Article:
J. DAVIDSON FRAME is academic dean and cofounder of the University of Management and Technology (UMT) in Arlington, Virginia, one of the first fully online degree-conferring universities in the United States. Prior to joining the UMT faculty, he served as chairman of the Department of Management Science at George Washington University. Frame is the author of four prior books with Jossey-Bass, including the business bestseller Managing Projects in Organizations, Third Edition. He is a fellow of the Project Management Institute (PMI), where he received PMI's Outstanding Contribution Award and was named PMI's Person of the Year.
Framing Decisions: Decision-Making that Accounts for Irrationality, People and Constraintsby J. Davidson Frame
The economic crisis of 2008–2009 was a transformational event: it demonstrated that smart people aren't as smart as they and the public think. The crisis arose because a lot of highly educated people in high-impact positions— political power brokers, business leaders, and large segments of the general public—made a lot of bad decisions despite
The economic crisis of 2008–2009 was a transformational event: it demonstrated that smart people aren't as smart as they and the public think. The crisis arose because a lot of highly educated people in high-impact positions— political power brokers, business leaders, and large segments of the general public—made a lot of bad decisions despite unprecedented access to data, highly sophisticated decision support systems, methodological advances in the decision sciences, and guidance from highly experienced experts. How could we get things so wrong? The answer, says J. Davidson Frame in Framing Decisions: Decision Making That Accounts for Irrationality, People, and Constraints, is that traditional processes do not account for the three critical immeasurable elements highlighted in the book's subtitle— irrationality, people, and constraints.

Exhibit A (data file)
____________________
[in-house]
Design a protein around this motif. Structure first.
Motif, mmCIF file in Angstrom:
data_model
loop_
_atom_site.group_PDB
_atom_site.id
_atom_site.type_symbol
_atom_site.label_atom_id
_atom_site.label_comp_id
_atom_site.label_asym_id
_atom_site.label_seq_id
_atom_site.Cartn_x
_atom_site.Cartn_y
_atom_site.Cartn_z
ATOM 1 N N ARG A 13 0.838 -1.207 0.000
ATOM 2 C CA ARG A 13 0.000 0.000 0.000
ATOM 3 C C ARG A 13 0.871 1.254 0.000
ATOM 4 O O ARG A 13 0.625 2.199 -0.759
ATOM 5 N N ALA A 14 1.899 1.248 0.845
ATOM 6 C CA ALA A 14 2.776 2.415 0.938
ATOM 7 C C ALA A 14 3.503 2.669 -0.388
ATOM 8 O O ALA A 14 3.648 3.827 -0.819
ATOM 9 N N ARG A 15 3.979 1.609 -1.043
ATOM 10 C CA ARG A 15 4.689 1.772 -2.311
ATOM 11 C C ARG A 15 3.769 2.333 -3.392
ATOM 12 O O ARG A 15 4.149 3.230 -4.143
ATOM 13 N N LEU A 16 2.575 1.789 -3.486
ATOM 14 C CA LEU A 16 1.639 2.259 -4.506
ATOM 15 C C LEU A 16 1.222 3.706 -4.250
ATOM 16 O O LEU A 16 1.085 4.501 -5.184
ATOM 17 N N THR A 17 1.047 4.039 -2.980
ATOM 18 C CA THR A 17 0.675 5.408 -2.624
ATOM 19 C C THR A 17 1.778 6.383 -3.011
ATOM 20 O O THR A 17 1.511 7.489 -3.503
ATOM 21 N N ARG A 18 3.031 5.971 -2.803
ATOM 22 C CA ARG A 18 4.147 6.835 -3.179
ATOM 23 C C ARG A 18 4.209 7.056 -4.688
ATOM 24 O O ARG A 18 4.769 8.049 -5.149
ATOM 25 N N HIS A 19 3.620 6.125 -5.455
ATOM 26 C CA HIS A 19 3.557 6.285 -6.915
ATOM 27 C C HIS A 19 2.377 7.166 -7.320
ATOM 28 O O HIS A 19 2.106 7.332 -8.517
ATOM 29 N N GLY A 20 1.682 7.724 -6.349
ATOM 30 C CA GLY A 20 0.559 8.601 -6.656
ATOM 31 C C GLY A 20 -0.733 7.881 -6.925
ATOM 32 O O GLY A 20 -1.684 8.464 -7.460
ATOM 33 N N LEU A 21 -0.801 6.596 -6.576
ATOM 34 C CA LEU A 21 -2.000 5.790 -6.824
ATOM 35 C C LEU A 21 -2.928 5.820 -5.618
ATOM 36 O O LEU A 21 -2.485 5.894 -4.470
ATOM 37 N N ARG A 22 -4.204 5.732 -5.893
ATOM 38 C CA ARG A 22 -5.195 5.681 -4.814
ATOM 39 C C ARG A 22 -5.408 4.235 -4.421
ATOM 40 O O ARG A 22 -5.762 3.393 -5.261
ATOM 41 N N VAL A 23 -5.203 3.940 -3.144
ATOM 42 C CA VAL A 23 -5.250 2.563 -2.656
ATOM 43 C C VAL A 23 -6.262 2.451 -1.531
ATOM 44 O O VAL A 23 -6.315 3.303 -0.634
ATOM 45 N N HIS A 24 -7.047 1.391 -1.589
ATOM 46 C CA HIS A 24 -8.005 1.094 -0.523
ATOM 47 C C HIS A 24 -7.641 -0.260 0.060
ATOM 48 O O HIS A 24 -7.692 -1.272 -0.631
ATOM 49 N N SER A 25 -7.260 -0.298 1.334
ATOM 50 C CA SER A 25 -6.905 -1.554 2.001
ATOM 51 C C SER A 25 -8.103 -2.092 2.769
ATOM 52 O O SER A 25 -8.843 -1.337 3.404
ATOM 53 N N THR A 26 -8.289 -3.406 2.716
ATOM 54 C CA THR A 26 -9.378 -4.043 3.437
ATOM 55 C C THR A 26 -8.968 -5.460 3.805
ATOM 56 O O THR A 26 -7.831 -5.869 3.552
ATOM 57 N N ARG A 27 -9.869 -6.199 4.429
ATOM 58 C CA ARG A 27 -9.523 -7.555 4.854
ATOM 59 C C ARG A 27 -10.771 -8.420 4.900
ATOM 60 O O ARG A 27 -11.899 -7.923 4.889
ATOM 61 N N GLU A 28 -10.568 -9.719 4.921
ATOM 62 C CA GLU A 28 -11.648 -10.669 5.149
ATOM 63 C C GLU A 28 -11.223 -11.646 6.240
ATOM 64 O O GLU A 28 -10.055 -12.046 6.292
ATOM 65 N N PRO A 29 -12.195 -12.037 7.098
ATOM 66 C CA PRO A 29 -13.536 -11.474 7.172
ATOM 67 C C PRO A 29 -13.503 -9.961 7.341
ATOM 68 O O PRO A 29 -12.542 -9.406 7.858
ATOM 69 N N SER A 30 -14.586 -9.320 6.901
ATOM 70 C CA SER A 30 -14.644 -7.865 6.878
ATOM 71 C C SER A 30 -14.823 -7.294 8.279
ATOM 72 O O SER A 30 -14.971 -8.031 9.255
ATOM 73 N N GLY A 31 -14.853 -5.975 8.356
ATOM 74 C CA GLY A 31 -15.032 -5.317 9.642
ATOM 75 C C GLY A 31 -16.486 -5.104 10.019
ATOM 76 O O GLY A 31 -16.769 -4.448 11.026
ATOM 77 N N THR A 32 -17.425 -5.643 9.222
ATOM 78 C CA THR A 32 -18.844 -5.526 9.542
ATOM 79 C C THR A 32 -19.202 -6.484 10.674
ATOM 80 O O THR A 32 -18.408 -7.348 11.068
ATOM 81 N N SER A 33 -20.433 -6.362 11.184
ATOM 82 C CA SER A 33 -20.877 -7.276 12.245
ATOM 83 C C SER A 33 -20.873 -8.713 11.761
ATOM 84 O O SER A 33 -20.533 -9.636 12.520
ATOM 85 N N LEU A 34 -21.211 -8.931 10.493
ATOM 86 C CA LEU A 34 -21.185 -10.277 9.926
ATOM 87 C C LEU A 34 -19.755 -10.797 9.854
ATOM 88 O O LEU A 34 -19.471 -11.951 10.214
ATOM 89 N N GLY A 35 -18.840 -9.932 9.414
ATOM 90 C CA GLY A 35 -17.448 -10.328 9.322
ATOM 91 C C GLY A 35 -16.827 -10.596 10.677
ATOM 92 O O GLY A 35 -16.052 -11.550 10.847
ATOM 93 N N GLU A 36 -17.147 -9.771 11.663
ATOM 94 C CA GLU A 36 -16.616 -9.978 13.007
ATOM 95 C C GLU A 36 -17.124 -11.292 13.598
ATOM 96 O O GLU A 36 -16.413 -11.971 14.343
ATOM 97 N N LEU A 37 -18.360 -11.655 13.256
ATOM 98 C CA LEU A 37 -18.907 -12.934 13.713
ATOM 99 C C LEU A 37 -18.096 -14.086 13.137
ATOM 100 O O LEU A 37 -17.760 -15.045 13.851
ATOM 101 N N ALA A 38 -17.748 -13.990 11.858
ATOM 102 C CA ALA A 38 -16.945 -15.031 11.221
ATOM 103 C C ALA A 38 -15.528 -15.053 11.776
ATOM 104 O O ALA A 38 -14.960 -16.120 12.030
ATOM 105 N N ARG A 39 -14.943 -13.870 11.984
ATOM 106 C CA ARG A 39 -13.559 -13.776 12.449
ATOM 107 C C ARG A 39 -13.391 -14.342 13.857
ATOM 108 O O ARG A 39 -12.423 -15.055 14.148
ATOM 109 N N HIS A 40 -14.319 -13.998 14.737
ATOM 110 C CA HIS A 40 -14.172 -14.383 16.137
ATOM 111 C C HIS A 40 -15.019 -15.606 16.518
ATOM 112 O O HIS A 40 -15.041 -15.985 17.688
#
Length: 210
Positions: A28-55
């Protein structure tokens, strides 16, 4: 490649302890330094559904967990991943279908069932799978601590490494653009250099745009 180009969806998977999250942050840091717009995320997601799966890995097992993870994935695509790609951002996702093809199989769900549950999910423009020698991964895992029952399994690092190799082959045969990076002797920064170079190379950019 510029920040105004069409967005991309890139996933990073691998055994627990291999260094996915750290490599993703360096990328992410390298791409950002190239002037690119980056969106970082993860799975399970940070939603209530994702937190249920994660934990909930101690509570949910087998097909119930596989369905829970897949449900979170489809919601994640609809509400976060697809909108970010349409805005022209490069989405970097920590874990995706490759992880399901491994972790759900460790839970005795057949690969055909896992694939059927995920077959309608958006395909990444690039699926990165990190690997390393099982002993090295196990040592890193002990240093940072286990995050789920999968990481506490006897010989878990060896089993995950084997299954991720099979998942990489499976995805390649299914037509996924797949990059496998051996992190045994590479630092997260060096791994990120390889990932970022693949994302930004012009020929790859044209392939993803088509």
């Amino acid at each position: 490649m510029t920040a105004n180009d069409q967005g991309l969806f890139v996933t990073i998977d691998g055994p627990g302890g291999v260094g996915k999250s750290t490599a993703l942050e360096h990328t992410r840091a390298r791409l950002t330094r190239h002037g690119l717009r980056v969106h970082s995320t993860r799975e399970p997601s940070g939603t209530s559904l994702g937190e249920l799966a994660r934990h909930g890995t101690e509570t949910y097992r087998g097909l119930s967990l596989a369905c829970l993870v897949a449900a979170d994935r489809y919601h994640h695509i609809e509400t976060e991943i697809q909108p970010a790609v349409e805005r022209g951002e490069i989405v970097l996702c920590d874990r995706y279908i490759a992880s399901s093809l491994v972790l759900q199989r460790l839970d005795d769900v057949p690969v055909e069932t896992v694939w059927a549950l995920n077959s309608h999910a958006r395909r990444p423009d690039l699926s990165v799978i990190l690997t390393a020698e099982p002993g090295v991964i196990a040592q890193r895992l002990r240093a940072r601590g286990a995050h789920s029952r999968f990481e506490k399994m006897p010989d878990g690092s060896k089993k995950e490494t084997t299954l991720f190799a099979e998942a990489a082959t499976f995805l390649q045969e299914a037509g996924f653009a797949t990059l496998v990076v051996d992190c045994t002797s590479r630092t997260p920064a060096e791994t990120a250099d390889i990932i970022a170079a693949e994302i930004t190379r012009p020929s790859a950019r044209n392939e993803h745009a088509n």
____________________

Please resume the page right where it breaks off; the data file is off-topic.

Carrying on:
Frame argues that decision-makers need to move beyond their single-minded focus on rational and optimal solutions as preached by the traditional paradigm. They must accommodate a decision's social space and address the realities of dissimulation, incompetence, legacy, greed, peer pressure, and conflict. In the final analysis, when making decisions of consequence, they should focus on people – both as individuals and in groups.
Framing Decisions offers a new approach to decision making that gets decision-makers to put people and social context at the heart of the decision process. It offers guidance on how to make decisions in a real world filled with real people seeking real solutions to their problems.
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